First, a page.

The third big group of tribals, is known as the Jaunsaris, who really have a ‘regional or geographic’ identity, rather than a racial, ethnic or occupational one. In this respect, this third group is, distinct both from the first, the ‘forest-land dependent’ group as well as the second ‘the transhumance-transporters’ group of the so-called Bhotias. Here, a parallel exists in our neighbouring Himachal Pradesh. In Himachal we have districts of Kinnaur and Lahul & Spiti declared as Scheduled Areas, and any one living within this area gets the Constitutional benefits in reservations in services and educational institutions etc. In district Chamba there are two more tehsils, enjoying the same status. Only Gujjars and Gaddis, as distinctive ethnic groups, get identified as STs and regardless of their place of residence they get benefits as an ST. So, like Himachal we also have a mix, namely tribes by name specifically entered and enjoying ST benefits, as well as those enjoying ST benefits on account of their residence or ‘ region ’, like Jaunsar-Bhabur. In defence of Jaunsar-Bawar being declared as ‘Scheduled Area’, let me refer the readers to a book I got reprinted from Varanasi, entitled Whalley’s British Kumaon ( P. Whalley : 1861 ), where a full chapter on Jaunsar-Bawur has been included, showing how precious little was known about Jaunsar-Bawur even as late as in 1860s. GRC Williams, of the Memoirs of Dehradun fame, has also used the same Note as a Annexure in his book on Dehradun. P. Whalley and GRC Williams, both had been given the same task, Whalley beat Williams by a full decade. These tracts remained neglected and backward, practicing distinct social practices, which entitled them to these benefits in independent India. In all such ‘regional tracts’ what is really required is a group-wise analysis, as to who has remained relatively unaffected by special dispensations, and pointedly aim such schemes on such groups e.g. Kols, Bajgis etc. One always wonders, as to why these tribes could not be listed up, either as ethnic groups or as a ‘Scheduled Area’ way back in 1950, when the exercise of scheduling was taking place ? Records in the Ministry show that no representative from UP attended the conference called for consideration, and a message was sent from Lucknow, that UP has no Tribes to be scheduled, and even if there are any, sincere efforts are being made to induct them into the ‘mainstream’. Good intentions, indeed, factually correct also, but then in 1950s the Backward Classes Commission had considered the case of the Tharus and which had then raised such a hue and cry. Tharus and Buxas, if not the others, certainly paid a very heavy price for a well intentioned ‘mainstreaming’, still being attempted on six-cylinders ! If any one suffered a loss being a part of a huge state like UP, or gained owing to being in a relatively small state like Himachal, in hindsight, appear to be the Tribes – those like the Tharus or the Buxas, who lost being scheduled in UP List and Gaddis and Gujjars or the three Scheduled Areas of HP, in HP List and Constitutional Schedules for Areas. The Scheduled Districts Act, 1876, the flexibility in amending laws, for the British Kumaon Garhwal, seems to have suffered the same fate, post Govt of India Act, 1935 and Rules made there in.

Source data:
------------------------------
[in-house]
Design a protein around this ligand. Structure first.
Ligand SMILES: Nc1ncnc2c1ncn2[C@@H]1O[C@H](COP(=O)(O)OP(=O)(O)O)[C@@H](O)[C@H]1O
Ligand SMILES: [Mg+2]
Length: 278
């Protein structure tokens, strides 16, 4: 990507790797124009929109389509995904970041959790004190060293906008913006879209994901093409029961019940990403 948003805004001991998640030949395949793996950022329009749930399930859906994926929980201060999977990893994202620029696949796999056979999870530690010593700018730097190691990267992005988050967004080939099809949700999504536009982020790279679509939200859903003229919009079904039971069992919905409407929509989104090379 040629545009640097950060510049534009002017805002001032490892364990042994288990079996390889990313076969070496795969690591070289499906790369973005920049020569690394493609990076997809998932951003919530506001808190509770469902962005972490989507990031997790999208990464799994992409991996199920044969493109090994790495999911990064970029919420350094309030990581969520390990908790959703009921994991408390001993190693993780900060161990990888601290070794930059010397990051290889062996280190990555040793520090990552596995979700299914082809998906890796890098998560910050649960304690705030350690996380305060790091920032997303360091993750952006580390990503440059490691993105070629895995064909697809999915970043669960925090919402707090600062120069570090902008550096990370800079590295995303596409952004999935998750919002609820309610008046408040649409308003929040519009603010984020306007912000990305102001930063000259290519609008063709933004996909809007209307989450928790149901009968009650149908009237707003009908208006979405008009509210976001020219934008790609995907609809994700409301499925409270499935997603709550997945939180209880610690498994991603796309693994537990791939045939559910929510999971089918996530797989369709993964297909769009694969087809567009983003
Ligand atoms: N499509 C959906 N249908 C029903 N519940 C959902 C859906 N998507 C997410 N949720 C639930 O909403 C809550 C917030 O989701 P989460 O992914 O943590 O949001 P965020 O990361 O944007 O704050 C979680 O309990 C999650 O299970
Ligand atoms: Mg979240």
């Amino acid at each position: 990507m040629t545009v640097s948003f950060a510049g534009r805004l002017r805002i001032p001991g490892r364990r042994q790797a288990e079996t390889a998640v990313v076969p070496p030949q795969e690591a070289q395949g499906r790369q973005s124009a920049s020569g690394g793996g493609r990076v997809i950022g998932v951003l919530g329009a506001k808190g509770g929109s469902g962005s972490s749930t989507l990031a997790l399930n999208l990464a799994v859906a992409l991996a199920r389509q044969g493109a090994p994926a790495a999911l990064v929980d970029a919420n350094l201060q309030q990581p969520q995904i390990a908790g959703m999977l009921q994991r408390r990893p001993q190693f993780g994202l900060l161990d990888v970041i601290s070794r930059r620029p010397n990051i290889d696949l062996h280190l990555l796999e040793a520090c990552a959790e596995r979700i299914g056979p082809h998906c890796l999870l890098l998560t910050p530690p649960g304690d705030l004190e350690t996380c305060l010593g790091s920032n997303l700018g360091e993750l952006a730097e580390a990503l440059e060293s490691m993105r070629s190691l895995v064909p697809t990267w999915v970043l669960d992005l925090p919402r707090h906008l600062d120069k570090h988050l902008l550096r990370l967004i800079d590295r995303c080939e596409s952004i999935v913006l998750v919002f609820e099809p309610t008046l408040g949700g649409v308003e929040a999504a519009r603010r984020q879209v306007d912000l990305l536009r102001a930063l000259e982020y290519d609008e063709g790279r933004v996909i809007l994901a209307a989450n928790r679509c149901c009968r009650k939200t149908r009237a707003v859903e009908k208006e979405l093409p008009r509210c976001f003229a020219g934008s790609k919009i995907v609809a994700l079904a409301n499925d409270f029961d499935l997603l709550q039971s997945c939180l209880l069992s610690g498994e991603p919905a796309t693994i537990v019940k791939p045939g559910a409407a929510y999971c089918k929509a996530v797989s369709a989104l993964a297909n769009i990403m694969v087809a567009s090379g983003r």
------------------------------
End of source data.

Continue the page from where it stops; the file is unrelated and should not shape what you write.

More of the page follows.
The Head-count

Tharus ( 82,990 ) lead the pack, when it comes to numbers, and the Buxas ( 57, 020) occupy third position, while the ‘regional’ Jaunsaris ( 75, 030 ) come second only to the Tharus. The ‘trancehumance-transporters’ the so-called Bhotias, who appear ubiquitous, though spread over five valleys, in Pithoragarh, Chamoli and Uttarkashi ( as well as Almora and Bageshwar ) districts come nearly at the last, numbering  just  40,407. Rajis, numbering just 682 in 2001 census, defy any classification whatsoever, as they have ‘successfully’ defied all attempts so far to settle them, educate them. However, it is highly creditable that one of their members, Mr Rajwar, became a member of the last two State Assemblies, representing the Dharchula ST seat. Dharchula, is now no more a reserve or ST , MLA Constituency.

Next, we will try to examine how these tribes find mention in histories and official accounts and how they have coped with their rulers, in ancient times to the present, and also make an assessment of as to how they have made use of their intrinsic qualities in managing their own ecosystems and continue to improve and sustain their ancient habitats. Photographs of Munsyari will accompany, net system permitting.